Adrian writes: I’ve written a short review of the ITV documentary about Ian McKellen that was shown on the 29th June. If you think it is good enough, you’re welcome to publish it on your site.

On Tuesday, 29th June 2004, ITV transmitted an hour long programme whose subject was Sir Ian McKellen. The documentary maker had followed Ian around for a year, and presented us with an intimate portrait of an actor in his prime during one of the most acclaimed periods of his acting career to date.

The programme commenced with backstage shots of the last night of “Dance of Death” in London’s West End (in which Ian starred with Frances De La Tour and Owen Teale, and which I was fortunate enough to attend, becoming a back-door Johnny by waiting for his autograph, and managing to thank him for his portrayal of Gandalf, and particularly for his vocal support of Gay Rights).

The programme then moved onto Ian’s final day of re-shoots for the Return of the King. We were treated to Ian getting made up as Gandalf the White and delivering his lines of “Now comes the Days of the King, may they be blessed….). As it was the last day of re-shoots, Ian and the crew decided to play a joke on Peter Jackson – they had created a white bouffant beehive wig adorned with pink flowers, which Ian proudly donned and then, dressed in Gandalf’s robes, delivered the line “Now comes the Days of the Queen, may they be blessed…..”. Both Peter Jackson and Elijah Wood cracked up – they even filmed the event, so hopefully it’ll make the blooper reel. Peter then gave Ian a peck on the cheek, which I thought was a fitting way to say goodbye to an actor who has for millions embodied Gandalf in a way no other actor could.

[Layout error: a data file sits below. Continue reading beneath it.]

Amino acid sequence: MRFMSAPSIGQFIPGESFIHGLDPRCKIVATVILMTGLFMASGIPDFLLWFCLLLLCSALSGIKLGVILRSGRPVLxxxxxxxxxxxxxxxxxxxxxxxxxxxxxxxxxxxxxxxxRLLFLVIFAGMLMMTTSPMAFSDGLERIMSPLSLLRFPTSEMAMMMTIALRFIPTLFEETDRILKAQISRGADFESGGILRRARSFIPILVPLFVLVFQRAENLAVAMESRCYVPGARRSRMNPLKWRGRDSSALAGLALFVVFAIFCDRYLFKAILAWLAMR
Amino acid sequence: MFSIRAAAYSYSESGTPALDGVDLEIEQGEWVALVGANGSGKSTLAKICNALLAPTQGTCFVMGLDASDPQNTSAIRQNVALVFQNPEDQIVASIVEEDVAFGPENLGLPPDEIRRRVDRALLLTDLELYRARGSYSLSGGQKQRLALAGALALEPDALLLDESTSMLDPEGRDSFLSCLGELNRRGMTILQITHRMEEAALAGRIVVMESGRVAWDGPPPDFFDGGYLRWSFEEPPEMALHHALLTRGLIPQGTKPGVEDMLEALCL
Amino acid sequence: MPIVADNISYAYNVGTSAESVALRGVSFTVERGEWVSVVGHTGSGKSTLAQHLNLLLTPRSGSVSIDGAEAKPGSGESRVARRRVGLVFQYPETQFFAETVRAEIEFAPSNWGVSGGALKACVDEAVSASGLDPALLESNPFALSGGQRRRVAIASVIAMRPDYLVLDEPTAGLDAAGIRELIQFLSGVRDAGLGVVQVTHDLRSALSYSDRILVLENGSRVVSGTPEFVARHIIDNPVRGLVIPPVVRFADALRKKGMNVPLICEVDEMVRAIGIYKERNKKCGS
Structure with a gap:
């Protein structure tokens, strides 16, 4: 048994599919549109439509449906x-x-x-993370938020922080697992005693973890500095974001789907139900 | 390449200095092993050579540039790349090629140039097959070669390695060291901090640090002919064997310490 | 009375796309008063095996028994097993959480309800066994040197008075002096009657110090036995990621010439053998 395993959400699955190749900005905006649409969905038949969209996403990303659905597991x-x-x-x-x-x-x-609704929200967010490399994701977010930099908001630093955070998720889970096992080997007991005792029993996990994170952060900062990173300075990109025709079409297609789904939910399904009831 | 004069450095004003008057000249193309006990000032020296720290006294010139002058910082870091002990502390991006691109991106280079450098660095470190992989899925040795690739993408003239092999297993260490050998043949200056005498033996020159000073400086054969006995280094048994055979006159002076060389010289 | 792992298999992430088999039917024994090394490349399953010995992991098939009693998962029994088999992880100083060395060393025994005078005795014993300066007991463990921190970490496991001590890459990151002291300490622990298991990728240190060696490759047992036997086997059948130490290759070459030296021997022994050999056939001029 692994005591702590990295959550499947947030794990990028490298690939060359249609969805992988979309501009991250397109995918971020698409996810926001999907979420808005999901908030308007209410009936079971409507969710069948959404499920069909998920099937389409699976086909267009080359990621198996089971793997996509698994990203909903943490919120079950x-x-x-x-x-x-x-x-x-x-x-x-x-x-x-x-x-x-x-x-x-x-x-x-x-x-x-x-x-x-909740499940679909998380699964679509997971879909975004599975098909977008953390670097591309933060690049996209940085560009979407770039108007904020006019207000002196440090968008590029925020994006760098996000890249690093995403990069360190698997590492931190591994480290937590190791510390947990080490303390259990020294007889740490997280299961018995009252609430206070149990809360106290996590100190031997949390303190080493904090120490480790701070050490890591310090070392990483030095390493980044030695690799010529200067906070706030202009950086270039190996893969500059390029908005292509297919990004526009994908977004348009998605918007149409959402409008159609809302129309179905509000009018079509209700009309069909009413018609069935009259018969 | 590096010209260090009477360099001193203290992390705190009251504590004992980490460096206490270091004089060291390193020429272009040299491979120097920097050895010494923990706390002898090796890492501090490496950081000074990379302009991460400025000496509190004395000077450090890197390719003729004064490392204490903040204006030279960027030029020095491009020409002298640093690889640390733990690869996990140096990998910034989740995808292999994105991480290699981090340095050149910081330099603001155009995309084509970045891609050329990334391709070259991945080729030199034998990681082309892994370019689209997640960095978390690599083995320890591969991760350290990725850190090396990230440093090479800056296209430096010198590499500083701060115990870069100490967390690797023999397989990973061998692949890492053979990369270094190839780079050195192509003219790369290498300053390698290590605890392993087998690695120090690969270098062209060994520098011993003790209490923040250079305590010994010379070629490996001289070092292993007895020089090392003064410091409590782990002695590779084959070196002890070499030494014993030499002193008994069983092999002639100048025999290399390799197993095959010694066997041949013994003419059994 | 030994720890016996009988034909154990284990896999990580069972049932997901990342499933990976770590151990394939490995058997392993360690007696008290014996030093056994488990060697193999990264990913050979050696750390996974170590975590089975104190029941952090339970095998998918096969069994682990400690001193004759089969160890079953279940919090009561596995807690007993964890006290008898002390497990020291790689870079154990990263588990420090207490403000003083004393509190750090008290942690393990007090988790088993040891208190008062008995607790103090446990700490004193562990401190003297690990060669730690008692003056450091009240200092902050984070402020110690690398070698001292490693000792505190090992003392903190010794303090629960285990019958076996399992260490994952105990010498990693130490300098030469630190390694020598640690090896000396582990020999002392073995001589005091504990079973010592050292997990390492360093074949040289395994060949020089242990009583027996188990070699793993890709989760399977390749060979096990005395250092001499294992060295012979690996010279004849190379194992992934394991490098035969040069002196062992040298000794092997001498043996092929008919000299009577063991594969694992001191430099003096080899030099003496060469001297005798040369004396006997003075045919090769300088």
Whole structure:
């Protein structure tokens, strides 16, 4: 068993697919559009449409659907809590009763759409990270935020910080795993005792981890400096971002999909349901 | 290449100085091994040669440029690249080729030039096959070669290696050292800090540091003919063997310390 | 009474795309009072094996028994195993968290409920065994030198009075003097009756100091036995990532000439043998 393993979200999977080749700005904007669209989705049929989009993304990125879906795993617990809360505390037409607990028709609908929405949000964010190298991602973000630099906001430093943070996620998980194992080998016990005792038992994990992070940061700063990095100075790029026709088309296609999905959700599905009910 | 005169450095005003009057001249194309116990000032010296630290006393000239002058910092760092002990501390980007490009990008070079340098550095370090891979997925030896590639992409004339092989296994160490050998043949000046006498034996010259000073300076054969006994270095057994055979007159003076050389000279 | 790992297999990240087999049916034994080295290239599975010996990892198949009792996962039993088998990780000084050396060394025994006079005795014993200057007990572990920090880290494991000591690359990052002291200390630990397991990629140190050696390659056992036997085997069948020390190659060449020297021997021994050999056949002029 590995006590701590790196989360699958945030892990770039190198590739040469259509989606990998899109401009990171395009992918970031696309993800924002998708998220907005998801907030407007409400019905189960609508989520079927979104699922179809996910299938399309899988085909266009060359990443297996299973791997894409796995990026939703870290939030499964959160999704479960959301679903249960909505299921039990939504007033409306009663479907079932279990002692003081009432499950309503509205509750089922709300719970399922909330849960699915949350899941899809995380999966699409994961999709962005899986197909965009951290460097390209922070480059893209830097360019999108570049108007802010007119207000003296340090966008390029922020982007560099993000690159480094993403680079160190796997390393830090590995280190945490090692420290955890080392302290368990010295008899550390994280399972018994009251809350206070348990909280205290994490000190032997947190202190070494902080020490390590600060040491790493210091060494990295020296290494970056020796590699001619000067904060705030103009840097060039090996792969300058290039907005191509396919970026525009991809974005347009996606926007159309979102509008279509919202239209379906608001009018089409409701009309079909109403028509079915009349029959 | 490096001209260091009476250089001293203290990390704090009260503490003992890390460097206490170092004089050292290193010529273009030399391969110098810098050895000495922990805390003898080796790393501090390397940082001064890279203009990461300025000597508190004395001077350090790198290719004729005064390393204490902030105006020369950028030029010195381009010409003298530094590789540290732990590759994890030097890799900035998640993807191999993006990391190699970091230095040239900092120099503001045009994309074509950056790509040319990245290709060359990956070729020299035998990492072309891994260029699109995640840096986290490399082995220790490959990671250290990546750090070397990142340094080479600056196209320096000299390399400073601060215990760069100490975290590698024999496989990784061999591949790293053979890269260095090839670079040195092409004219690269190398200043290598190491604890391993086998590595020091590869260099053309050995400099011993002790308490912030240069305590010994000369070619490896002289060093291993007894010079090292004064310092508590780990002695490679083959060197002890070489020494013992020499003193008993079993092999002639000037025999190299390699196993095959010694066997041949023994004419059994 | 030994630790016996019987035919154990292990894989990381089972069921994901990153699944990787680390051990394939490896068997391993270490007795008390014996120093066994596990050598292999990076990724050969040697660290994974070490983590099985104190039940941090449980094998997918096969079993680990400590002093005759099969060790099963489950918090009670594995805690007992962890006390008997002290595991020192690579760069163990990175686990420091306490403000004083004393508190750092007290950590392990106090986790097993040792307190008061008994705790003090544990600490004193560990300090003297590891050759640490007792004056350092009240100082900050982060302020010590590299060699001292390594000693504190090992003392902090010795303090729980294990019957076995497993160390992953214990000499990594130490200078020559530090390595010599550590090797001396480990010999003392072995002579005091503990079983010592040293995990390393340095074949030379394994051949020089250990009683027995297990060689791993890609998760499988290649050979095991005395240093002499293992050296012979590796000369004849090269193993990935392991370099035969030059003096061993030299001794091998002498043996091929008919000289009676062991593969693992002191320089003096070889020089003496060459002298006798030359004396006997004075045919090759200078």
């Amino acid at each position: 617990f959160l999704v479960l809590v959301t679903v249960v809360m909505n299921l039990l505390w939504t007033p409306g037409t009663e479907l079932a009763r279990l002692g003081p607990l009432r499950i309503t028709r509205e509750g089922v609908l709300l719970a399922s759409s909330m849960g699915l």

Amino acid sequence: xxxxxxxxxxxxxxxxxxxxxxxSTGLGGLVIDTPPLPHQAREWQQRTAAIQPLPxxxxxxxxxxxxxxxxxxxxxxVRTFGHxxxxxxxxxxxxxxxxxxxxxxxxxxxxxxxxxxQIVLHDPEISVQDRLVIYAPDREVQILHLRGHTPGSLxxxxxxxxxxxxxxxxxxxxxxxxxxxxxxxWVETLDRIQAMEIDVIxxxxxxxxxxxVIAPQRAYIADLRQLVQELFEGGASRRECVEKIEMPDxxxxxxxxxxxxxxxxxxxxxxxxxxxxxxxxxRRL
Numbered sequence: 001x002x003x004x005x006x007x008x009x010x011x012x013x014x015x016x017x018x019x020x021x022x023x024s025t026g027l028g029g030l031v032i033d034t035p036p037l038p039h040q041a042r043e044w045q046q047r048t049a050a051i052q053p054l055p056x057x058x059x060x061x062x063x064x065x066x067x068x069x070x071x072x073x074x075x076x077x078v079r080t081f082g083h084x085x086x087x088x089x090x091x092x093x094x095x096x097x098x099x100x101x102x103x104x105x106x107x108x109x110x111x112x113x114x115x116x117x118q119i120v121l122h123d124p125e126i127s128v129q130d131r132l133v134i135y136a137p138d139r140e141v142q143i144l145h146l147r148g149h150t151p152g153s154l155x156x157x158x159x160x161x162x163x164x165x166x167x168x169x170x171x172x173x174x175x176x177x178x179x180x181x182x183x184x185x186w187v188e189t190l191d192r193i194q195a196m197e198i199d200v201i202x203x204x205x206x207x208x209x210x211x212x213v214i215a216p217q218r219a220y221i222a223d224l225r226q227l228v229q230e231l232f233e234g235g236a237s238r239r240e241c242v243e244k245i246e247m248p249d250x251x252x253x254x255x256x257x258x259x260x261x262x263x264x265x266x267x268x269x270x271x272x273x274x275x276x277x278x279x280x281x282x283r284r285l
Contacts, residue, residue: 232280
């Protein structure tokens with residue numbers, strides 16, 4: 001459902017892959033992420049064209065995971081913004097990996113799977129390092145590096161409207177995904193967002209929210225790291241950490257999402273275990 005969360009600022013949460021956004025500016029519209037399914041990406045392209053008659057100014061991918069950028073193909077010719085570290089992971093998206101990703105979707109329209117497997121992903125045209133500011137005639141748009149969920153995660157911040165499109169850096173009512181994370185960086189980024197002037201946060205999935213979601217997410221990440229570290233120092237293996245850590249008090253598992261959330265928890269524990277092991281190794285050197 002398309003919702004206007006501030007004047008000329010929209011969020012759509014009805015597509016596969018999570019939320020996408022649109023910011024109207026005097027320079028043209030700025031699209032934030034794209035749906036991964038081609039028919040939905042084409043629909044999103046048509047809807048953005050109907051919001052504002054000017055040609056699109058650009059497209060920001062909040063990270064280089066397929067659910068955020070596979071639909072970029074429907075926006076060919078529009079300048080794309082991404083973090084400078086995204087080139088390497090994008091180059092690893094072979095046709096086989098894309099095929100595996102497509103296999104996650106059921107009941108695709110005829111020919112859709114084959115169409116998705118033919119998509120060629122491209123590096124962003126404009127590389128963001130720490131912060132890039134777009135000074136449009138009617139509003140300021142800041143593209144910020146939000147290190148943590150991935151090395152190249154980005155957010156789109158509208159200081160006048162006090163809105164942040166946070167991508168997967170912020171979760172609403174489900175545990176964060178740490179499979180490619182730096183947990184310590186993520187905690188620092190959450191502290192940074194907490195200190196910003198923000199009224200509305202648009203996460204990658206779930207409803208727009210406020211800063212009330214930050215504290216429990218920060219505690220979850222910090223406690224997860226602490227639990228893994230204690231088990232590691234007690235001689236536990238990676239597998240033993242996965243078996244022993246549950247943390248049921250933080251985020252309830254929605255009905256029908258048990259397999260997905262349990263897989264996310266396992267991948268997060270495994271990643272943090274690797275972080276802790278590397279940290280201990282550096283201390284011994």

The documentary then moved onto the press junket and crowd hysteria at the premiere on the red carpet in Wellington. It was good to see the banter between Ian and the cast – with Ian commenting on Liv Tyler’s dress – she said she was going after a Polynesian princess look – which he said he thought was very apt.

In between all the hullabaloo of the worldwide whirlwind tour, Ian managed to find time to visit a school in Los Angeles whose pupils tended to come from underprivileged backgrounds, but who have cultivated a sincere love of the works of William Shakespeare. It is this shared love of the bard that connected Ian and the children and he said that he felt at home amongst them because of this shared passion.

Other highlights included seeing Ian on the set of a forthcoming film called Asylum in which he plays a psychiatrist, at home in London dealing with piles of correspondence, giving a lecture to students in Cambridge (his old university), and throughout the programme dealing openly and frankly with issues of being gay in an occasionally homophobic world.

The programme left us on a positive note with Ian gamboling on a beach having reached retirement age, (but with no intention of retiring!) – his next venture is to play a dame – Widow Twankie in Aladdin, but who knows, there’s always the prospect of reviving the role of Gandalf in a couple of years time when the rights to “The Hobbit” have been resolved and Peter Jackson feels ready to take on Middle Earth again….